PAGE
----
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Construction Insurance Bulletin


By February 1, 2010No Comments

In its efforts to maintain electrical safety in the workplace, OSHA develops its standards in accordance with those published by the National Fire Protection Association (NFPA). To ensure that employers are following both sets of guidelines, OSHA trains its inspectors to ask specific questions when investigating an electrical safety incident. Some of those questions include:

  • Do you have a written description or drawing of the circuit or equipment at the job site? If an employer doesn’t, the assumption is that the employer has performed an electrical hazards assessment of the facility.
  • Is there a detailed account of all of the tasks involved in the planned work? This is the only way the employee will know what safety procedures to follow.
  • Were the workers qualified to perform the task? By definition, qualified workers are those specially trained to work on live electrical equipment. They must know how to protect themselves against all electrical hazards, including shock, arc flash, burns, explosions, and they must be trained in the electrical safe work practices that have been established by their employer.
  • Is there any justification for not de-energizing the equipment or not waiting to do the work at the time of the next scheduled outage? OSHA standard 1910.333(a)(1) requires that live parts must be de-energized before an employee works on or near them. The only exception to this requirement is if the employer can prove that de-energizing will create additional or increased hazards, or it isn’t practical because of the design of the equipment, or operational limitations.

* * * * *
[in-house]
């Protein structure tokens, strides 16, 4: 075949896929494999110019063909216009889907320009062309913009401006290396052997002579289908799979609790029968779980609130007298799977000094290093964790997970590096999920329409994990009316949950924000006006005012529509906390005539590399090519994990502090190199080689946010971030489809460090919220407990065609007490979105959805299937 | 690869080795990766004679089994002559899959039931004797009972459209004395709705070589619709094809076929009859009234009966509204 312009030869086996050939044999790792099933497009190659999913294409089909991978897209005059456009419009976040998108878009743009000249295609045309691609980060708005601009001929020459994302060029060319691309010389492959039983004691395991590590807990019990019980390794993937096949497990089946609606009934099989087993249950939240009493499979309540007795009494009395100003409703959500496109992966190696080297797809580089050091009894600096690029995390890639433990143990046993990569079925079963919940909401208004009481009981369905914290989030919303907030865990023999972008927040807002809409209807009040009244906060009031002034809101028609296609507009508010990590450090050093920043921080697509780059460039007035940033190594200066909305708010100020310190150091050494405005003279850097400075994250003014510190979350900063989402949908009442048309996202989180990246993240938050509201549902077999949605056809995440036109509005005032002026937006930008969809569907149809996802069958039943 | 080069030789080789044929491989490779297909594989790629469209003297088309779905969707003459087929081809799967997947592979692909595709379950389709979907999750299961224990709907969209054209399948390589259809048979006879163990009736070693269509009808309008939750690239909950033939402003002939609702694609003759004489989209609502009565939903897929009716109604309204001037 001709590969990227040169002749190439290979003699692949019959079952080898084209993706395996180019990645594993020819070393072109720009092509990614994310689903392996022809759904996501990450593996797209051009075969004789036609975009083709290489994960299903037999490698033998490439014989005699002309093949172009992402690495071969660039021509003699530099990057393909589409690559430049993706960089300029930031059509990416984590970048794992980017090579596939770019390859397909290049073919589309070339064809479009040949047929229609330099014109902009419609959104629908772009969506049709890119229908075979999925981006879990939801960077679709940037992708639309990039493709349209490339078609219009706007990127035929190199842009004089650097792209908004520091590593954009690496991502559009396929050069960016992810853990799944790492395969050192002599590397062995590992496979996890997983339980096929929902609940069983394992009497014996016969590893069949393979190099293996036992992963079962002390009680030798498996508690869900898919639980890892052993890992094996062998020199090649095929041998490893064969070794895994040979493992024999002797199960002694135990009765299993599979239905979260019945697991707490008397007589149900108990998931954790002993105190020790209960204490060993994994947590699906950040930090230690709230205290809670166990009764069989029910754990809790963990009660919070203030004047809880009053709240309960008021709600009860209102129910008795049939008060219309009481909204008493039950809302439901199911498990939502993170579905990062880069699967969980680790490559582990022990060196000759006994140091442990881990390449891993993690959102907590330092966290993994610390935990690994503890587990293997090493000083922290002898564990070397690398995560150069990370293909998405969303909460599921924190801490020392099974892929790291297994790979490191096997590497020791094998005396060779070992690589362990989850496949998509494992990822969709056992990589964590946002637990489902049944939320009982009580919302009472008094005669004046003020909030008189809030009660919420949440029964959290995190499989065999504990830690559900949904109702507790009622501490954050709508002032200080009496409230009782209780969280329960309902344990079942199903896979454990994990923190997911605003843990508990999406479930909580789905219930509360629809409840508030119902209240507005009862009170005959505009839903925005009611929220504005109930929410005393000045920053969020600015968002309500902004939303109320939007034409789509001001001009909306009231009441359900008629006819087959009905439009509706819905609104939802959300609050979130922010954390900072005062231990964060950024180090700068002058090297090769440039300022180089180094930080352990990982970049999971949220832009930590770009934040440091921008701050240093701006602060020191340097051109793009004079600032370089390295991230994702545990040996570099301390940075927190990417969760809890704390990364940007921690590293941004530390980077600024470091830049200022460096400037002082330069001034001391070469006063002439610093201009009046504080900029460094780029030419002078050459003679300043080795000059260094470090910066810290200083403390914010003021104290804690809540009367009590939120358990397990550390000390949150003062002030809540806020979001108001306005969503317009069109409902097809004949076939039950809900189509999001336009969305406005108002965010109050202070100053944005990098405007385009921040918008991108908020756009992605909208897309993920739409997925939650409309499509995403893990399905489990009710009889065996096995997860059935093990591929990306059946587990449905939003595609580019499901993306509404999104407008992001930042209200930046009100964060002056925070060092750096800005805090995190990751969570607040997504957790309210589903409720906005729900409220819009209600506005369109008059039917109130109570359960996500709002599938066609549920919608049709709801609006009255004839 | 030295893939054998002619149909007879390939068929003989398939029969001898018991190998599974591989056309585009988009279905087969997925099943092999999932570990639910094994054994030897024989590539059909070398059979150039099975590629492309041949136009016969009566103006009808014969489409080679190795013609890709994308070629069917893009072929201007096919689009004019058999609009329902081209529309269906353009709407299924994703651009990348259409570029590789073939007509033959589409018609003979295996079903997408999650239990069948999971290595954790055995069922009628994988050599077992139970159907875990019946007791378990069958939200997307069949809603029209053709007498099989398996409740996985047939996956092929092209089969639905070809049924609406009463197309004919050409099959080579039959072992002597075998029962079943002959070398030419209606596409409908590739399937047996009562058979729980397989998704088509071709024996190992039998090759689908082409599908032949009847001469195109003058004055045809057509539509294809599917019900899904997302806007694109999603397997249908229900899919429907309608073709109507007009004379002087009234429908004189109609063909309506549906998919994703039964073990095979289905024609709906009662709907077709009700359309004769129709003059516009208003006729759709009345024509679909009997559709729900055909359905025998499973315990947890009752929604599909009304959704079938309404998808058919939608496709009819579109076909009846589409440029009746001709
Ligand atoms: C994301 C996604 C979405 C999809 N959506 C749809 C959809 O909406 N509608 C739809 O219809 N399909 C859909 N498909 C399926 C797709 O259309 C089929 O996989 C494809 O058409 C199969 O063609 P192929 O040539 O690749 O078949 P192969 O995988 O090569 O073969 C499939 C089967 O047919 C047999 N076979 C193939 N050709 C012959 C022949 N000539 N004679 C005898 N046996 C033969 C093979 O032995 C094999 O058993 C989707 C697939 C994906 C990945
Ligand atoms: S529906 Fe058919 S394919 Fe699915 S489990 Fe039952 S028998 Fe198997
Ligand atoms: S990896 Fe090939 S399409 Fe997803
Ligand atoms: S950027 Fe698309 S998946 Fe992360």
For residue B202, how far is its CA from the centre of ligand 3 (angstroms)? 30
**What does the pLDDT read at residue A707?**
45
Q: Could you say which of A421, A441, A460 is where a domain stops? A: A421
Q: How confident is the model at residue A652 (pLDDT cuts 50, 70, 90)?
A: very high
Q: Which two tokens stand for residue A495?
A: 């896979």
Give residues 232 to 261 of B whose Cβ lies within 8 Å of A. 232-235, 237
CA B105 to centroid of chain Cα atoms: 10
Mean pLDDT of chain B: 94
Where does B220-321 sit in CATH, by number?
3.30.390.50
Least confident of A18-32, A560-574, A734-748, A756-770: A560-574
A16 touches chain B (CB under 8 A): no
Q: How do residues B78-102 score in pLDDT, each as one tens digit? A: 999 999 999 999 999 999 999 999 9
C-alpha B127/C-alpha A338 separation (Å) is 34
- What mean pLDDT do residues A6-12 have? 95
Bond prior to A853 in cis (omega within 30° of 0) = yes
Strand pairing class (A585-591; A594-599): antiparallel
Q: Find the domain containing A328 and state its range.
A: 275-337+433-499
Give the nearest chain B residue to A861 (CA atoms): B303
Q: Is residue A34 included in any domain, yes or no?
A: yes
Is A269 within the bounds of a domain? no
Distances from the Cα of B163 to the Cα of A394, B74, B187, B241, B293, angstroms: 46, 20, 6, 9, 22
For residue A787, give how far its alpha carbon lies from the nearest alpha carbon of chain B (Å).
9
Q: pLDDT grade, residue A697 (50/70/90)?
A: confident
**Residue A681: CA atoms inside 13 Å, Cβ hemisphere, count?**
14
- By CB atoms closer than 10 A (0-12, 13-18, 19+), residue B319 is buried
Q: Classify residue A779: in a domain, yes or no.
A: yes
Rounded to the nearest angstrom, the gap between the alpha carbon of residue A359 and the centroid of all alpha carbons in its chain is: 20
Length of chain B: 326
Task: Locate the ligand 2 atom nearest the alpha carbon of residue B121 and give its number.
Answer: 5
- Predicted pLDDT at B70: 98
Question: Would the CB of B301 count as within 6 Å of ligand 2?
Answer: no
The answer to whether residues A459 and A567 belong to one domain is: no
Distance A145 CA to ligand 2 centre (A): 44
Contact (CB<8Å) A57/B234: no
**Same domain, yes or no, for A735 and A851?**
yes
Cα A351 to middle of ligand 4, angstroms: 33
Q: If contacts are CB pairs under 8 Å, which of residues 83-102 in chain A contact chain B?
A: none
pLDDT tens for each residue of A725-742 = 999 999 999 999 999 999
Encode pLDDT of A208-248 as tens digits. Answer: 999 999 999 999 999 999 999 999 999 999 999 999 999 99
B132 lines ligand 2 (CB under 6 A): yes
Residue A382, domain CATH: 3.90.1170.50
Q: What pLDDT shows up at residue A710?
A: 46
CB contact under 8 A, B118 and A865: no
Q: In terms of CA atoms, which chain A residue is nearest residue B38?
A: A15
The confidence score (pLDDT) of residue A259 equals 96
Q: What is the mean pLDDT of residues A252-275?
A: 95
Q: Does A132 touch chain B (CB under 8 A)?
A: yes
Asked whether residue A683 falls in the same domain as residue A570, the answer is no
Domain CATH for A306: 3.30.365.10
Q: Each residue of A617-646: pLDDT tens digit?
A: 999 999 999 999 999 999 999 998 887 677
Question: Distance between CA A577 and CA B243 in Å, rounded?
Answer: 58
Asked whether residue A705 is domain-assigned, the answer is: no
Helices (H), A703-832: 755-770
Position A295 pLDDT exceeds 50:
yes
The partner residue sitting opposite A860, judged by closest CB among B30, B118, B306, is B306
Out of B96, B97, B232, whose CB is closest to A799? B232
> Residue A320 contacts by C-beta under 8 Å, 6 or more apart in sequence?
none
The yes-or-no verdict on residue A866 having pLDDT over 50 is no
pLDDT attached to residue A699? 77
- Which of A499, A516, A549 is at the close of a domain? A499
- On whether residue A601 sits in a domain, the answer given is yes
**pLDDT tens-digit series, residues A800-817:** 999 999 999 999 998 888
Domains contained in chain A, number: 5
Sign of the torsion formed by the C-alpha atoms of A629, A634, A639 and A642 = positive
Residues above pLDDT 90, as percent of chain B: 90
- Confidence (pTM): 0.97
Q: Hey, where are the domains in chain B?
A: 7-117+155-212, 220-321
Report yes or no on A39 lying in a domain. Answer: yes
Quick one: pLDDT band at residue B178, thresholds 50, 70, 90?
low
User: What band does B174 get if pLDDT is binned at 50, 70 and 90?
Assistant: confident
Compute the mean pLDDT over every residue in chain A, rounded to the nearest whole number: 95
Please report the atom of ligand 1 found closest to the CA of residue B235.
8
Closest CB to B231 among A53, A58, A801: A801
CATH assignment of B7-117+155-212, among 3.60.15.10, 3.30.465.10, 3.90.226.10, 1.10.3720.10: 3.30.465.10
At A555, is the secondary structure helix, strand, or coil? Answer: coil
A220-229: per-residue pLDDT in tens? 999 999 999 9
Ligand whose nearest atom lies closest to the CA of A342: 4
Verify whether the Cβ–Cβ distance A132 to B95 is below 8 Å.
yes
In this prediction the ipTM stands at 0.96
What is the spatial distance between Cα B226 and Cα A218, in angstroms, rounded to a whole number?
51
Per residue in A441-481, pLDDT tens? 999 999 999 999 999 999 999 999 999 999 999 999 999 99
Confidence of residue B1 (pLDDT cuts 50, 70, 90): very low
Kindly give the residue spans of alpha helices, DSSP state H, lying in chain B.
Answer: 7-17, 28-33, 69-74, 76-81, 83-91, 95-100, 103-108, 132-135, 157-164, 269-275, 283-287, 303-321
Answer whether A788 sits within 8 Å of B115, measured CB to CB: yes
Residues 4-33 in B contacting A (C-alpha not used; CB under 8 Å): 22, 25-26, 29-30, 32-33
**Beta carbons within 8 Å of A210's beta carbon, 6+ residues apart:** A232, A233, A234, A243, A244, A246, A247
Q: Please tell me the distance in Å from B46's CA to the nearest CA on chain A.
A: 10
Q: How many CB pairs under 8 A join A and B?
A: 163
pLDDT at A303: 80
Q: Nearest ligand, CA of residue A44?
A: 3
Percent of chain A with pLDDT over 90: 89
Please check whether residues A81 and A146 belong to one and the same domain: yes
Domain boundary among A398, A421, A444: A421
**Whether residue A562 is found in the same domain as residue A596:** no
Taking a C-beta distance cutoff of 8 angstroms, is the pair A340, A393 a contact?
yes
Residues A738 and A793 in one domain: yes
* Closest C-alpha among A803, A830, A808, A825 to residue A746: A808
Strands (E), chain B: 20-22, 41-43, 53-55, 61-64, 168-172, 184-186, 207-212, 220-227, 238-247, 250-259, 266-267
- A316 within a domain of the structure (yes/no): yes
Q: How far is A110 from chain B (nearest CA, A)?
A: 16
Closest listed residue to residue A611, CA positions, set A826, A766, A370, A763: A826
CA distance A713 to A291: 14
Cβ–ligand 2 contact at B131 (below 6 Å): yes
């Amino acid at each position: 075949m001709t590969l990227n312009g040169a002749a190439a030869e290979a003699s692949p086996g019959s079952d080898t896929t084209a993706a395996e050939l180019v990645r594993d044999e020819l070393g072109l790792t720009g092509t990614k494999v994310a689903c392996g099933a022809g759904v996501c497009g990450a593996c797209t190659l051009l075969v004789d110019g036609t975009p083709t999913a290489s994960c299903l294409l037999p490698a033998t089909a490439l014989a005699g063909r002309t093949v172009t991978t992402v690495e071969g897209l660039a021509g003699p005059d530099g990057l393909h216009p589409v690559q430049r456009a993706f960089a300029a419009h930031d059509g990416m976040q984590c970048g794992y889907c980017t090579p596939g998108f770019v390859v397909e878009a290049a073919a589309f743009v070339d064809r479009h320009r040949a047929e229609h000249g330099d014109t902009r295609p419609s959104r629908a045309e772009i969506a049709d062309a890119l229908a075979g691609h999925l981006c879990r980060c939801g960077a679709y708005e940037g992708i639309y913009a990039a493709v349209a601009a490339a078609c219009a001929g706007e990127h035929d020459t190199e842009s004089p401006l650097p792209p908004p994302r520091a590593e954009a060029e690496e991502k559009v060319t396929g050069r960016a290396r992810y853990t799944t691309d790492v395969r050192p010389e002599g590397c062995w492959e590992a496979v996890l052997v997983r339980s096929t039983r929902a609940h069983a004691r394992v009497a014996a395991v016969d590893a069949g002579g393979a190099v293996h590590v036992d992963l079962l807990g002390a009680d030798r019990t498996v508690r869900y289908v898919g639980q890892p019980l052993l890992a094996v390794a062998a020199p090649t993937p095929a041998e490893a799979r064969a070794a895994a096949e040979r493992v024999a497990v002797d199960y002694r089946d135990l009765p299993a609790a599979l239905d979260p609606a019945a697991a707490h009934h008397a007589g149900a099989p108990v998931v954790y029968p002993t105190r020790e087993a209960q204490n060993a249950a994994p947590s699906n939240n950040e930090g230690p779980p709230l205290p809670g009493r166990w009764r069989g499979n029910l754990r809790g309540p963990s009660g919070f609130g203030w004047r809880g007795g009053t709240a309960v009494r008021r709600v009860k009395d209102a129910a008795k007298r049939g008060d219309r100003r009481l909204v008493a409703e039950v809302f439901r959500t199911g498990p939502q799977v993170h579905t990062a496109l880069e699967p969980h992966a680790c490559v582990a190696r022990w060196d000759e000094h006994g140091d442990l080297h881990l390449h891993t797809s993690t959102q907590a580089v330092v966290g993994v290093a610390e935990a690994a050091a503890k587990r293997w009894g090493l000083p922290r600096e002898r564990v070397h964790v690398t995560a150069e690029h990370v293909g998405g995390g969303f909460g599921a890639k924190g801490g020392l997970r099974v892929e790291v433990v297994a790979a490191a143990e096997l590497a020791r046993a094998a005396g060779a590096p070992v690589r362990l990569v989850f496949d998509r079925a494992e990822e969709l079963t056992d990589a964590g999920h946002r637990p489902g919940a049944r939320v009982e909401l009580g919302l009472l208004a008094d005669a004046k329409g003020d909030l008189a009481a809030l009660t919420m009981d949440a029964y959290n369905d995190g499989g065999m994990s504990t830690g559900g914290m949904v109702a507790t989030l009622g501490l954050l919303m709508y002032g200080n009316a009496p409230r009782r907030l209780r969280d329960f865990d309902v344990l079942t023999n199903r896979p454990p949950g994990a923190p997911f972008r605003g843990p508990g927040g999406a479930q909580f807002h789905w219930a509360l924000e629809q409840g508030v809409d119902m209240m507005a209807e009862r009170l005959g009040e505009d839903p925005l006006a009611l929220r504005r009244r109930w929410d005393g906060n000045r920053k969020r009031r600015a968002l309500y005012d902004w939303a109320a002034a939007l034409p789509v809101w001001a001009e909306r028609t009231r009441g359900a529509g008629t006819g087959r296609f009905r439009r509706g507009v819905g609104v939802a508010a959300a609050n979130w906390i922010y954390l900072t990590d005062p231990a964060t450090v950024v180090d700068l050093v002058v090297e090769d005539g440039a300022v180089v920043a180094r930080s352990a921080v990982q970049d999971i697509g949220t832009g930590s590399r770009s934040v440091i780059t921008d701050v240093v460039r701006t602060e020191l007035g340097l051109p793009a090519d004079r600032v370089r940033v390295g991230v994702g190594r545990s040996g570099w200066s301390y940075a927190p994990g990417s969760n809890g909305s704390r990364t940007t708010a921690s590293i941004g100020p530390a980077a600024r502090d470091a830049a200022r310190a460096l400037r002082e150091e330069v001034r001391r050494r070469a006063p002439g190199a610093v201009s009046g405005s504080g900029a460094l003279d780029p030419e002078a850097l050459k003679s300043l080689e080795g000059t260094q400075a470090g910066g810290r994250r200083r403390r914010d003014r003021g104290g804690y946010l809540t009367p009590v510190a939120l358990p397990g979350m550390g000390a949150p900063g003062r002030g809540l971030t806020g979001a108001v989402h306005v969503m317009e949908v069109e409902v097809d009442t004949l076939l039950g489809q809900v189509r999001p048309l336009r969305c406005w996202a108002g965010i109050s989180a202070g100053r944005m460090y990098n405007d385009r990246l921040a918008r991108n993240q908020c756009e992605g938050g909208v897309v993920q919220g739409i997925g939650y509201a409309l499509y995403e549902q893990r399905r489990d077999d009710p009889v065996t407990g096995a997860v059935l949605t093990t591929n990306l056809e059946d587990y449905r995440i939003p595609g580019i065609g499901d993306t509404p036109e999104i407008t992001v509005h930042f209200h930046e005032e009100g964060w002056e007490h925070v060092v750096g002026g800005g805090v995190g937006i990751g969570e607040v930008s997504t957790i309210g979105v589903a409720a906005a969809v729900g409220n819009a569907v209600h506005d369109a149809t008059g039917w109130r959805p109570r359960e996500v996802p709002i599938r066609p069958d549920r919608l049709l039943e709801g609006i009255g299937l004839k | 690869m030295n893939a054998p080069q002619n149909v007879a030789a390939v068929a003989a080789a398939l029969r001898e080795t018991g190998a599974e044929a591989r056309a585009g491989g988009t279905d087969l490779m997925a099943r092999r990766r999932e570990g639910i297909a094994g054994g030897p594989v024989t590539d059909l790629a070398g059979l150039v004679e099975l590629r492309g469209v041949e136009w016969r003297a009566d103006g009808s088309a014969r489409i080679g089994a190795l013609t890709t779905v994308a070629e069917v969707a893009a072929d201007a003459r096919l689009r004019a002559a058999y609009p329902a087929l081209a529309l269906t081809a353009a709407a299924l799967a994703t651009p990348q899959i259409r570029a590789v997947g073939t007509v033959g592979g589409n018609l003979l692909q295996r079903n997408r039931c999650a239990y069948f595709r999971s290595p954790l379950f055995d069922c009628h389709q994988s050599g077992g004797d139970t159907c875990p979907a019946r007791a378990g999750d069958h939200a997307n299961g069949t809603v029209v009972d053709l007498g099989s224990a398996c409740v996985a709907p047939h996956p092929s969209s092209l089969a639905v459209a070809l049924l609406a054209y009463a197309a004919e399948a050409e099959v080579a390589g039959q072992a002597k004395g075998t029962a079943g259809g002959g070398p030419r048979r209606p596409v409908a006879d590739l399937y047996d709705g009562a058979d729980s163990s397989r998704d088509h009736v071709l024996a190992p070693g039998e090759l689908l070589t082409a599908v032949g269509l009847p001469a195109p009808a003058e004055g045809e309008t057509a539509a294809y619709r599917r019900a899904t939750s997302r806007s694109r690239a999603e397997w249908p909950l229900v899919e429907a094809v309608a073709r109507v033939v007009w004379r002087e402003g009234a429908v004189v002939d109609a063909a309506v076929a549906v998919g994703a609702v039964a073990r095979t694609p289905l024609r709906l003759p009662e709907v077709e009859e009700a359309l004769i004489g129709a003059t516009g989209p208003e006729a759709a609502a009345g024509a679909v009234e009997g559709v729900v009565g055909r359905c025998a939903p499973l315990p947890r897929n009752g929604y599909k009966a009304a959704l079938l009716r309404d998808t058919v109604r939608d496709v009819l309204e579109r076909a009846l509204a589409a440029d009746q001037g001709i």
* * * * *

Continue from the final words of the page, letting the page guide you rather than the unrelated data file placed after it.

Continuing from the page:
If a worker must perform a task on equipment that hasn’t been de-energized, 1910.333(a)(2) says that safe work practices must be employed to protect the worker from coming in to contact with energized circuit parts directly with any part of their body or indirectly through some other conductive object. These safe practices must be described in detail and pre-established by the employer. There must also be a job briefing before workers perform the task so that they are aware of the hazards they will encounter and what procedures to use. In addition, NFPA 70E Article 110.8(B)(1) requires that an Electrical Hazard Analysis be performed on live equipment operating at 50 volts and higher before any work is begun.

The electrical hazard assessment includes both a shock hazard analysis and an arc flash hazard analysis. Employers must calculate the potential fault current at each piece of equipment, determine how the over-current protective devices are coordinated for each circuit, and use this information to create or update single-line electrical drawings.

OSHA inspectors will examine whether employees wore the appropriate personal protective equipment (PPE) and used proper insulated tools. They will also ask if insulated blankets or sheeting were used to cover all of the live parts.